If you’ve been hanging out on this blog, then you’ll know we did IVF for Big Munch and Toddler Munch. At the time of realising we needed to do IVF, I was extremely private about having to start this journey. It was due to my fertility-infertility make up. I confided in a few friends and even fewer family members. I felt embarrassed and ashamed that I couldn’t have children naturally.
So this week, via the blog, Twitter and Instagram I’m championing two things. Firstly, if you have a fertility-infertility journey to talk about, and if you’re ready, please share this. The more we walk about our own experiences the more we will remove the stigma. Secondly, if you happen to be going through IVF or about to start then please seek the right support for you. It’s a brave step but it will be worth it. You are only looking after yourself.
To support National Fertility Awareness Week UK (beyond it’s official dates of 31 October to 6 November 2016) here’s my round-up of how I’ve shared our IVF story in the hope of it raising awareness of the unpredictable journey of wanting a baby.
Our IVF journey – I guess one of the reasons I started a blog was to have a forum to talk about our IVF experience. I ended up sharing our journey in four parts. Part five is on its way. I have been overwhelmed with the support from Lucky Things readers, friends, family and my amazing Instagram community. They have all encouraged me to be open about the IVF phase of our life. Now that I’m more open about this, it also led to opportunities to feature our experience and my learning points on other blogs.
Seven things not to say to someone who’s going through IVF – I wrote this post before publishing our IVF journey on Lucky Things. The aim of this post was to support those who were or are going through IVF but more importantly those around them who end up saying things that may have an adverse effect. It’s hard not knowing what to say to someone who is desperate to have a baby but who is having to fight obstacles. Some people feel it’s better to say something but sometimes it’s best not to try to make the situation ‘feel better’. I still have people say to me, “Oh but you never know, you could still have a baby naturally, it does happen to lots of people after they’ve done IVF”. Sorry, no. Trust me, it won’t be happening. I am not being dramatic. In my case it is not going to happen naturally. Things don’t have a way of getting from A to B. Fact.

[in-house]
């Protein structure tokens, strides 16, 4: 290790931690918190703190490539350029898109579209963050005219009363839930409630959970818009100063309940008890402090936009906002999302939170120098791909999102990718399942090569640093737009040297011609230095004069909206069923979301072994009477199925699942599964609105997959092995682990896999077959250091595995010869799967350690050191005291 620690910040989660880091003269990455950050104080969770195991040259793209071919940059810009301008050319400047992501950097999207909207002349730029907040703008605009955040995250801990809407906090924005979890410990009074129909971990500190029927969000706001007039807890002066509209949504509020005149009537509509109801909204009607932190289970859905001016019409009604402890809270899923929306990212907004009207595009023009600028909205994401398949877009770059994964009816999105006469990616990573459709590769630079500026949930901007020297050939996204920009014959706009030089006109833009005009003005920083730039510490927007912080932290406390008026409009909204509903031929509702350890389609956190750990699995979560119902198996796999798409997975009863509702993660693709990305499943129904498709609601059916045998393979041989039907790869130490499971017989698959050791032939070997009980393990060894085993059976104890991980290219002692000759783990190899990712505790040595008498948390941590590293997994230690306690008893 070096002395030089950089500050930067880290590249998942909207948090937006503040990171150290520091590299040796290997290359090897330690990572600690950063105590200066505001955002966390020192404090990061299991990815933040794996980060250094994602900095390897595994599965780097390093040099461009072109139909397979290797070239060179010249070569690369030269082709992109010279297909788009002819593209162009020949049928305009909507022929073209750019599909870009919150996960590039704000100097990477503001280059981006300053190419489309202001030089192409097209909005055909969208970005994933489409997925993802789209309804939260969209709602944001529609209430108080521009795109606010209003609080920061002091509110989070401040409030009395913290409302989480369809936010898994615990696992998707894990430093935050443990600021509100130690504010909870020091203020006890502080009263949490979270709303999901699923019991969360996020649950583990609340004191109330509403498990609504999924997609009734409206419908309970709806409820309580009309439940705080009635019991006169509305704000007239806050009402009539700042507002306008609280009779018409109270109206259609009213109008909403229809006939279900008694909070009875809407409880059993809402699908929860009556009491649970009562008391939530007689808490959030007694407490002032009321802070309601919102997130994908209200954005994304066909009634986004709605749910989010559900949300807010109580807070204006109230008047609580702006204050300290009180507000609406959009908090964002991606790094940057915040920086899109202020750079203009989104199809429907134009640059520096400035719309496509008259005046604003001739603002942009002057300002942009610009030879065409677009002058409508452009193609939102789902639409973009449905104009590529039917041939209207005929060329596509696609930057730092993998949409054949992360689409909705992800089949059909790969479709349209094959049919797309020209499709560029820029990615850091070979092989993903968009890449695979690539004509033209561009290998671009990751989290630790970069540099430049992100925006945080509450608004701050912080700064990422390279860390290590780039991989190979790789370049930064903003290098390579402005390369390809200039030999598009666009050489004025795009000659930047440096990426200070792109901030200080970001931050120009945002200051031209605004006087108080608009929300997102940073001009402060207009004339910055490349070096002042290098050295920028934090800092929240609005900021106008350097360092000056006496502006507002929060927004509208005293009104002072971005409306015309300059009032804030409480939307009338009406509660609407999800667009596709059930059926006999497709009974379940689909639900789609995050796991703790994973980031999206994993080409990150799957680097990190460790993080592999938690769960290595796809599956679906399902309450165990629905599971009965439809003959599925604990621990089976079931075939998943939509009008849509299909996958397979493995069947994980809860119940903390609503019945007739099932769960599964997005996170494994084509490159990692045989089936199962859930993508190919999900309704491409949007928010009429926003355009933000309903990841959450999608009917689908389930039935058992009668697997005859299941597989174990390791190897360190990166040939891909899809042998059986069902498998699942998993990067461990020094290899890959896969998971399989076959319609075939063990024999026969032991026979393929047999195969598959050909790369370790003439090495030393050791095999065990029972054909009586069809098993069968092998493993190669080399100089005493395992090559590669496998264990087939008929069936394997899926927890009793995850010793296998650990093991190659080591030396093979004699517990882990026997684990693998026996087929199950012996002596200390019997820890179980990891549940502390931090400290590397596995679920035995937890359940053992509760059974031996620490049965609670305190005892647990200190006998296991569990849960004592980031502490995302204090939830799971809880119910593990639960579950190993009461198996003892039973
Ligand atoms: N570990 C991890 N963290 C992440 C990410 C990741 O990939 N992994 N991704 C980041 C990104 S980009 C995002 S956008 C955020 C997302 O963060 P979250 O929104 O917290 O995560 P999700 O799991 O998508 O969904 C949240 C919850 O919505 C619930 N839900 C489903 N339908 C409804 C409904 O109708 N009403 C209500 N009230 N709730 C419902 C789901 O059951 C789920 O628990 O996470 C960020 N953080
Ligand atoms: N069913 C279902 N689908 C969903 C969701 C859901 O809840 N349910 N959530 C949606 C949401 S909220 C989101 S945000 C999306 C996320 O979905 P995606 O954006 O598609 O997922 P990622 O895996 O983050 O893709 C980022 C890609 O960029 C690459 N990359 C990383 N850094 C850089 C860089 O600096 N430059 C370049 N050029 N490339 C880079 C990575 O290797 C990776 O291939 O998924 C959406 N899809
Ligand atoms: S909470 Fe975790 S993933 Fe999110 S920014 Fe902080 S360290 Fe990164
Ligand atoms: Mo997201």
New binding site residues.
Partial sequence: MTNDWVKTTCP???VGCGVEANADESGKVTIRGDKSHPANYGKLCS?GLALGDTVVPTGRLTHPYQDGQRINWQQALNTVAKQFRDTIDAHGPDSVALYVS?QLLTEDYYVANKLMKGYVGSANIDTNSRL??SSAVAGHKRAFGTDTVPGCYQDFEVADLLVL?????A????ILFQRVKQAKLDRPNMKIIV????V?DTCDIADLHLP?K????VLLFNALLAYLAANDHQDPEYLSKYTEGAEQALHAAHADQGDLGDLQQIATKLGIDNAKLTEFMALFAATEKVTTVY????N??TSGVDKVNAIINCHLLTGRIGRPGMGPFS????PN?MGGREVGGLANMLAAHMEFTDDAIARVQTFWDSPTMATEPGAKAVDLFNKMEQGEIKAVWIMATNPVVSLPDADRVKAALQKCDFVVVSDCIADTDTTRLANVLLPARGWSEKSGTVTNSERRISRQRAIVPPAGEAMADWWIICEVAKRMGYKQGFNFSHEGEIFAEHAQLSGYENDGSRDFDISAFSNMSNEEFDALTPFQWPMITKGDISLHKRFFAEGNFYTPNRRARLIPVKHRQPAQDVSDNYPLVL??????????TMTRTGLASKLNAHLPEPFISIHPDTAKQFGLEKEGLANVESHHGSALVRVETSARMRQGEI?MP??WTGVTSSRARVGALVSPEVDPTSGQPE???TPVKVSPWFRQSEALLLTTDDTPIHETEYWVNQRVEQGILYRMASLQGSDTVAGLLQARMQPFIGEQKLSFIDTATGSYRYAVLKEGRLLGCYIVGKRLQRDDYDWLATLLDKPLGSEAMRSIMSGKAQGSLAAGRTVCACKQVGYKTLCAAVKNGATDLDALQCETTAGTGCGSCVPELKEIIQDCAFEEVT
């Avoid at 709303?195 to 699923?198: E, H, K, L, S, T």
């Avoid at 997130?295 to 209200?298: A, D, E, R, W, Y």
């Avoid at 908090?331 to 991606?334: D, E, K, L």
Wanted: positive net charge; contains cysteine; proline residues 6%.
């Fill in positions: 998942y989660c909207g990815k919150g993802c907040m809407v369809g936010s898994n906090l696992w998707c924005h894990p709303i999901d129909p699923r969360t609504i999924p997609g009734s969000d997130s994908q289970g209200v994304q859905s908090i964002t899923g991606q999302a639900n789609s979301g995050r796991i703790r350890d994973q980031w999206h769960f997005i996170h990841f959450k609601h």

Ten things I learned on our IVF journey – guest post for HonestMum.com This blog post for Vicki’s blogzine listed some things to help others going through IVF. Again, you don’t have to be in the IVF space to read these blog posts. It’s about increasing everyone’s awareness of what IVF involves. Most of us know at least one person who has gone through IVF.
What is it really like…going through IVF treatment – guest post for MotherhoodTheRealDeal.com I loved the honesty of Talya’s interview questions. They also made me think about our experience. It is always quite touching writing about our journey. Some of it feels like it was happening just the other day.
Another guest post is appearing soon on IVFstories.co.uk I really respect Amy’s work on this site. She has brought together a range of heart-touching IVF stories. If only I had access to this kind of online support when I was going through our IVF treatment.
We did our IVF treatment with CRGH in London.
I’ll be featuring more blog posts on the different parts of the IVF experience on Lucky Things in the near future.
If you would like to talk about sharing your fertility-IVF story on Lucky Things, please drop me a line.